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Skinnovative beauty

Skinnovative beauty

Think organic beauty care is boring and lacking in innovation? Uninspired by the traditional potions stocked in health food stores? Worried that organic products can’t be luxe? Gone are the days when organic natural skincare meant a few drops of olive oil rubbed onto dry skin, or pinching your cheeks to stimulate a healthy glow; nowadays luxury ethical beauty leads the way in skinnovation.

S5 Skincare is the answer to your skin’s prayers; a certified-organic luxury cosmeceuticals company, combining the latest skincare science with natural ingredients found in the earth’s most extreme ecosystems – like the arctic and the desert – where plants constantly have to adapt to stay healthy. The award-winning Replenish Serum smells indescribably amazing – sweet but fresh – and can help repair scarred skin, while the Vitality Mask gives a boost to stressed out complexions.


If you hate kale, now you can get some of its health benefits without having to eat it, thanks to scientist Dr Pauline Hili, who spent years developing formulations for Neal’s Yard before deciding to launch her own natural skincare range, Nourish Skincare. Dr Hili has even worked out how to channel the benefits of celeb-superfood kale into cosmetics, creating anti-ageing hand cream, cleanser and eye cream. All products are vegan, certified by the Soil Association and feature a very high percentage of organic ingredients.


Confusingly, unlike with food, there are no centralised rules for the grading of organic cosmetics. This means a product may call itself organic even if only a small percentage of its ingredients are organically grown. When looking at a product claiming to be organic, red-flag ingredients include: PEGs, sodium laureth sulfate, silicones (dimethicone, cyclopentasiloxane), mineral oil, paraffin, isododecane, isohexane – as well as ingredients whose names ends in “paraben”, or “eth” followed by a number (for example, laureth-9). If any of these are present, the product would not achieve organic certification by reliable organisations such as the Soil Association or Ecocert.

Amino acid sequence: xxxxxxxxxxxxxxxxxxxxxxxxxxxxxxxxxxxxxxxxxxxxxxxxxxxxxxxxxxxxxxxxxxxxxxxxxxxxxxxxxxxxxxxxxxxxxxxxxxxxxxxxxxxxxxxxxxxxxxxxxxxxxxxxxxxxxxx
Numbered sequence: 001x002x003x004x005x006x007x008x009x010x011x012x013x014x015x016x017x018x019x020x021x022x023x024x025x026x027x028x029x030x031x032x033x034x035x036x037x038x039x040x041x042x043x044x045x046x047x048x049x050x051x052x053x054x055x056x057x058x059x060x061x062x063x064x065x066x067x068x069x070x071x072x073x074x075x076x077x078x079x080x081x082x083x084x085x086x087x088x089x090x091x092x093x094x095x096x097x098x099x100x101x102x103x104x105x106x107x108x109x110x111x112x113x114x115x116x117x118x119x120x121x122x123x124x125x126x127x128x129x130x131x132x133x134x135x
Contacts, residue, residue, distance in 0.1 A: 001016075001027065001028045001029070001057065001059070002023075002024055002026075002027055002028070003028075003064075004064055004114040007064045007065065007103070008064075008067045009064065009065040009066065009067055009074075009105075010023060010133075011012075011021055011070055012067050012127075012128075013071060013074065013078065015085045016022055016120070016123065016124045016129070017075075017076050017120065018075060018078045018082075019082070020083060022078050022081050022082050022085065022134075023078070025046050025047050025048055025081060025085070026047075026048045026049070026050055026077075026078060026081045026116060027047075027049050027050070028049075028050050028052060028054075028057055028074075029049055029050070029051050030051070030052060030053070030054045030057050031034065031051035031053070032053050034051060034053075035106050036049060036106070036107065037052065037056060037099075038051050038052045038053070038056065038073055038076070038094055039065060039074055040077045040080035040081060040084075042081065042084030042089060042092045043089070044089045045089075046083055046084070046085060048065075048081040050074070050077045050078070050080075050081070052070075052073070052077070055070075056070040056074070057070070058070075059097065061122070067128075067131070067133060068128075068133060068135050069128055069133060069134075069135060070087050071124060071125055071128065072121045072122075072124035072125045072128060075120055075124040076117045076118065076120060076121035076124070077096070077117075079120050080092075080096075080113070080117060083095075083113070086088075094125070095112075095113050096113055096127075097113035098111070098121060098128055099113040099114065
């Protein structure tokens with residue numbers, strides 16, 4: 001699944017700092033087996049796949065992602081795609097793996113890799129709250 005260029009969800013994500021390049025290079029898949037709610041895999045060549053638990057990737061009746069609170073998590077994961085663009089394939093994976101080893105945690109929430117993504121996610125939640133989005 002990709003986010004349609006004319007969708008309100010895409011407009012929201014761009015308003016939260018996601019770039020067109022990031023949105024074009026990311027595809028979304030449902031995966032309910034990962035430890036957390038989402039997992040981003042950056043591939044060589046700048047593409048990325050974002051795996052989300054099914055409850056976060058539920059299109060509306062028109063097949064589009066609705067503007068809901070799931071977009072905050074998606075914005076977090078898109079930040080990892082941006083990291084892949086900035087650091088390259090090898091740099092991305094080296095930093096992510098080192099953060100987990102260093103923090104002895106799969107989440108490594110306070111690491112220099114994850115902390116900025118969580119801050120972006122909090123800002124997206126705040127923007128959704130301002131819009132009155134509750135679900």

Opinion is divided as to whether these chemicals are harmful or not, but some studies have shown links between these ingredients and hormonal changes, allergies and even cancer. You will probably be using them daily – in soap, shampoo, toothpaste, washing up liquid – so to escape them completely is a bit of a mission. If you are concerned, anything you don’t wash off your skin – moisturisers, serums, lotions – is a good place to start your organic usage, because your body is bound to absorb more of those products. It’s important to note, though, that non-organic ingredients don’t have to be bad. Water, for instance, can never be organic, as it’s not agricultural and can’t be grown, but is used in almost all cosmetics.


If you recognise the benefits of eating organic, maybe it’s time to do the same with the things you put on – rather than in – your face.